Coronavirus Down Under: Australia Sends Emergency Beer Convoys to Outback Pubs

Fiona Smallwood via Unsplash

As Australia gradually emerges from its successful coronavirus lockdown, government priorities have been set. One of those began Friday with the urgent dispatch of beer kegs to remote outback pubs.

“I understand there’s a whole bunch of kegs on their way to Darwin as we speak, running up the highway — much eagerly anticipated, I’m sure,” Prime Minister Scott Morrison told media in Canberra announcing the move, AFP reports.

On Thursday, Northern Territory chief minister Michael Gunner welcomed the first shipment of 40,000 gallons of “the good stuff” with the promise of more to come.

“The beers are here and the jobs are back,” Gunner said at a press conference surrounded by some freshly delivered cases of the amber nectar.

Beer drinkers in the outback like the rest of Australia will have much to toast.

Chinese coronavirus cases in the nation have slowed in past weeks, with close to 7,000 confirmed cases and 97 deaths connected to COVID-19 since the pandemic began.

Australia effectively shuttered its border from February 1 when the government said it would bar non-citizens arriving from mainland China from entering the country until further notice.

This was broadened in March to all entry from anywhere else in the world bar returning Australian citizens who were sent into an obligatory tw0-week quarantine on arrival back home – no exceptions.

Morrison said then only “Australian citizens, Australian residents, dependents, legal guardians or spouses” would be permitted to cross the border.

That tough line worked so well that Australia is now well advanced on re-opening its economy, with more beer being top of the list.

The beer market has dipped 20 percent since the lockdown with the loss of keg sales hitting brewers and pubs hard, said Lion Beer Australia — one of the largest brewers in a country that has never sought to hide its love of beer.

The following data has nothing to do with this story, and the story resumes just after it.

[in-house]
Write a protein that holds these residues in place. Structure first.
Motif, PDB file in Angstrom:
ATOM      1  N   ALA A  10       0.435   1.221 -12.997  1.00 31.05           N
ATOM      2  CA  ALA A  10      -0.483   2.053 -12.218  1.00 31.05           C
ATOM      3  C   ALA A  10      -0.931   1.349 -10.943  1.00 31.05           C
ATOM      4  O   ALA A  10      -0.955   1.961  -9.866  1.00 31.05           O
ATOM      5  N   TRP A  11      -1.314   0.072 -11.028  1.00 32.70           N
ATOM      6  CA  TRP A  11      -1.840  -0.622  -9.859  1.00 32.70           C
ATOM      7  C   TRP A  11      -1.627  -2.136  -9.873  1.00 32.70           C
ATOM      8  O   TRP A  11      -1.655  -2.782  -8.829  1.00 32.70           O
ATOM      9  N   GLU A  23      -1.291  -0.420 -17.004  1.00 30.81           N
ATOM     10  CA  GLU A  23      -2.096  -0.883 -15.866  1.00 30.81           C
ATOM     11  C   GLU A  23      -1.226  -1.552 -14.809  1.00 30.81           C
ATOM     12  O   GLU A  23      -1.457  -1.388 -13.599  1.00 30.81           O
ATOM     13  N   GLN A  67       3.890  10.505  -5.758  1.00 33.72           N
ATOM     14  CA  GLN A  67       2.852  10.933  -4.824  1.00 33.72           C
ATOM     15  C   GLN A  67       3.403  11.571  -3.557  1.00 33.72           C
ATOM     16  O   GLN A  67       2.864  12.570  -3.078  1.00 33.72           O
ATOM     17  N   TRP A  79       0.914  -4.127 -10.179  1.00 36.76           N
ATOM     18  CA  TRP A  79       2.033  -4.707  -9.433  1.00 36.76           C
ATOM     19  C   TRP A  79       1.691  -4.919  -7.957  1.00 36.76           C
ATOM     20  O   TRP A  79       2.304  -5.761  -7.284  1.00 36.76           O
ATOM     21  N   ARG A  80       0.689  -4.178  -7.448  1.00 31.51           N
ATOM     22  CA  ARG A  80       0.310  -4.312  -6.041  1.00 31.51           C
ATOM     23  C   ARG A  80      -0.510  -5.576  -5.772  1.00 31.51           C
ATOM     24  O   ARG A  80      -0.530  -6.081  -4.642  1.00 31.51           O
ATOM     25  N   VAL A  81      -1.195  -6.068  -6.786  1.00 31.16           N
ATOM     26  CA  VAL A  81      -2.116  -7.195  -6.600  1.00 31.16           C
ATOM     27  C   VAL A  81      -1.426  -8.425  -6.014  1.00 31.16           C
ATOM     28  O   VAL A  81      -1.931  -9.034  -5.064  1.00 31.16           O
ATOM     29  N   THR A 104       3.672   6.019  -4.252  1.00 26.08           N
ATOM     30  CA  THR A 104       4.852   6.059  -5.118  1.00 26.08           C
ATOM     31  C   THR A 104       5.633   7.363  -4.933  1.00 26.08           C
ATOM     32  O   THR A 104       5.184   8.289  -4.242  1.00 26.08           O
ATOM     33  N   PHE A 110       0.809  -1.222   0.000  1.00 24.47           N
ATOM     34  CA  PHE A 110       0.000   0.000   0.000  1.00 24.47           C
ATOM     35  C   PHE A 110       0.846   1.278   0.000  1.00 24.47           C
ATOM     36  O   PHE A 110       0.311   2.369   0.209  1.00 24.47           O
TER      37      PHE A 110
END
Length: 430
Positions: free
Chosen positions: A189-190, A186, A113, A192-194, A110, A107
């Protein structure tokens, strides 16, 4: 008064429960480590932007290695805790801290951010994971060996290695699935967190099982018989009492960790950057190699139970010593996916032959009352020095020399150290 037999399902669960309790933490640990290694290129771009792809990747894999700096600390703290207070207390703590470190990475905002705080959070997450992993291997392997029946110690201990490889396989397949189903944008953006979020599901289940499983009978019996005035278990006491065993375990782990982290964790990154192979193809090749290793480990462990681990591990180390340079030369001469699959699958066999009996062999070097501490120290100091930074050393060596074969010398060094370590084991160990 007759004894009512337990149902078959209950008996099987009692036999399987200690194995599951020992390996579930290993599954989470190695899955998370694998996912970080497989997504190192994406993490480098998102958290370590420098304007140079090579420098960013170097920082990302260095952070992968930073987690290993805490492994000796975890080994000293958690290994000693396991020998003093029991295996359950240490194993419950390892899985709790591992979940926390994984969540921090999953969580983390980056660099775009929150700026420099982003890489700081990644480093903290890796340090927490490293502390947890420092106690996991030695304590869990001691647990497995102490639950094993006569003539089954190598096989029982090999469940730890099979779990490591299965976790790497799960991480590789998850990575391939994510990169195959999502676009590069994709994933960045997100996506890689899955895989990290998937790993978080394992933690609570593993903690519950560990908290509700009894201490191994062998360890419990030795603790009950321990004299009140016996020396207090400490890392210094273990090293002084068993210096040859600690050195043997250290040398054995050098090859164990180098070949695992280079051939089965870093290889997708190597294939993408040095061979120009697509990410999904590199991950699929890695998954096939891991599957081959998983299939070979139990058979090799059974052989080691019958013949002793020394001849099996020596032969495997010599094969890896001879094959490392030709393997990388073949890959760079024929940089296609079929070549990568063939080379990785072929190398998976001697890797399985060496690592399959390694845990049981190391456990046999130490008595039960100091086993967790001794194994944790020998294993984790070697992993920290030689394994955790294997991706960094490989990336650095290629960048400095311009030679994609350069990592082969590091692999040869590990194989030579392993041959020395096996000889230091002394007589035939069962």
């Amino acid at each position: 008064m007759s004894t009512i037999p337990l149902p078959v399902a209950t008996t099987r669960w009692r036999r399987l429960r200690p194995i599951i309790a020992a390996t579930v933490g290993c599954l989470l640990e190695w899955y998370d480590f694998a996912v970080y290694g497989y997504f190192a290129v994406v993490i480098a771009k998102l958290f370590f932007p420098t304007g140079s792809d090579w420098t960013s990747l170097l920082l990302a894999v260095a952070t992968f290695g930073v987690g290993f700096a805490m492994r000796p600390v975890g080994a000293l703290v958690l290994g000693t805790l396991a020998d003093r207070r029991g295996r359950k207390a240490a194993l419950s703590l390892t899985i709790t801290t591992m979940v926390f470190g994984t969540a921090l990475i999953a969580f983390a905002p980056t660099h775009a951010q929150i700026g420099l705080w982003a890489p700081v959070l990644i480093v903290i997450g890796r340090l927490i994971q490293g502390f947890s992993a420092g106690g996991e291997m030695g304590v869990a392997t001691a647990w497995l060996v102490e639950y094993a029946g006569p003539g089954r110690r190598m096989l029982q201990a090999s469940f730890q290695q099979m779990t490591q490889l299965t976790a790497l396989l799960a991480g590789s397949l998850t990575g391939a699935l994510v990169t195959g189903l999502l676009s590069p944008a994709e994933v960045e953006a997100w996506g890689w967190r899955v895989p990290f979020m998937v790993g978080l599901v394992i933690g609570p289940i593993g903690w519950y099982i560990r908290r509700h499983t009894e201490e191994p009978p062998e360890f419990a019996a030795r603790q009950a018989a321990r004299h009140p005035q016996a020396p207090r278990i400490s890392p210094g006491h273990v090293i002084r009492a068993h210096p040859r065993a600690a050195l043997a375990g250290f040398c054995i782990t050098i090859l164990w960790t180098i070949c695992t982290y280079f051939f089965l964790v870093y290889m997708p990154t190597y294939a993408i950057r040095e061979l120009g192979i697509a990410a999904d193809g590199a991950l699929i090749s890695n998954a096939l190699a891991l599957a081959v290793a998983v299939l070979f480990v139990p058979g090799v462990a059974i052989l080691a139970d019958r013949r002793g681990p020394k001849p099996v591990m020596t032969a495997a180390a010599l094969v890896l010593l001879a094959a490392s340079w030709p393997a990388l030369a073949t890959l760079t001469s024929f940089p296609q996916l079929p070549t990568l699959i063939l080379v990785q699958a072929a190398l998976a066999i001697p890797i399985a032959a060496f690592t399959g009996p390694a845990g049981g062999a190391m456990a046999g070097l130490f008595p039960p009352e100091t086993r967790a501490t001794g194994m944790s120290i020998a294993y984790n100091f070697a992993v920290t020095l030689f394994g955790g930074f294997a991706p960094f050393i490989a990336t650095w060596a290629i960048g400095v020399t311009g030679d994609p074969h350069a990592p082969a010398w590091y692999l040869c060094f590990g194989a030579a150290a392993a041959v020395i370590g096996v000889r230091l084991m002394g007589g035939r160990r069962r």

“March 23 was the most devastating and soul-destroying day our industry has ever experienced,” the firm’s Managing Director James Brindley said of the day pubs and restaurants across Australia were ordered closed as part of sweeping lockdown restrictions.

“For many of us being able to get back to the local and have a beer with our mates is the morale boost that we’ve all been waiting for,” he said.

This is not the first time the Australian government has officially designated beer an essential to modern life.

During the devastating bushfires in January, the Royal Australian Navy was applauded after one of its ships completed an emergency beer run to help resupply a pub besieged by a deadly conflagration.

As Breitbart News reported, that emergency sea run included 20 kegs and four pallets of beer and cider for a town with a population of around 1,000.

“A pub with no beer is bad enough at the best of times,” said Carlton and United Breweries CEO Peter Filipovic. “After what Mallacoota residents and firies have been through the least we could do is make sure they could enjoy a beer.”

“We’re not sure if the Navy has ever shipped beer to civilians before but these fires are an extraordinary disaster,” he added.

AFP contributed to this report.

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